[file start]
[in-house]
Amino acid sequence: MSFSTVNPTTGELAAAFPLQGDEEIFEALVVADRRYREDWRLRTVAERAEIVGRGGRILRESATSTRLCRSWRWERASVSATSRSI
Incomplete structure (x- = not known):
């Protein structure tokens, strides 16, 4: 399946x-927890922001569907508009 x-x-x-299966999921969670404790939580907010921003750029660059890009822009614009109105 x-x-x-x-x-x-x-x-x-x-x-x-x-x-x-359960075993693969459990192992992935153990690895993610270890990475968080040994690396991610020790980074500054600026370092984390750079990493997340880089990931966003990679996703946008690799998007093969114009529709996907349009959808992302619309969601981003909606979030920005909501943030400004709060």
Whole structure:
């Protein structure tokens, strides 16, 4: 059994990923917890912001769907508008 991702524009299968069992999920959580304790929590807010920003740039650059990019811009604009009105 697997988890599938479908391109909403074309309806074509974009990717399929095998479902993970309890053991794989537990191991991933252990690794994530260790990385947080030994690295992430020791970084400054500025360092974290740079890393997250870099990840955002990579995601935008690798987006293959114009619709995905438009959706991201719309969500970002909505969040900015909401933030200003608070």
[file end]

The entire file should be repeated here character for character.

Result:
[in-house]
Amino acid sequence: MSFSTVNPTTGELAAAFPLQGDEEIFEALVVADRRYREDWRLRTVAERAEIVGRGGRILRESATSTRLCRSWRWERASVSATSRSI
Incomplete structure (x- = not known):
């Protein structure tokens, strides 16, 4: 399946x-927890922001569907508009 x-x-x-299966999921969670404790939580907010921003750029660059890009822009614009109105 x-x-x-x-x-x-x-x-x-x-x-x-x-x-x-359960075993693969459990192992992935153990690895993610270890990475968080040994690396991610020790980074500054600026370092984390750079990493997340880089990931966003990679996703946008690799998007093969114009529709996907349009959808992302619309969601981003909606979030920005909501943030400004709060």
Whole structure:
């Protein structure tokens, strides 16, 4: 059994990923917890912001769907508008 991702524009299968069992999920959580304790929590807010920003740039650059990019811009604009009105 697997988890599938479908391109909403074309309806074509974009990717399929095998479902993970309890053991794989537990191991991933252990690794994530260790990385947080030994690295992430020791970084400054500025360092974290740079890393997250870099990840955002990579995601935008690798987006293959114009619709995905438009959706991201719309969500970002909505969040900015909401933030200003608070």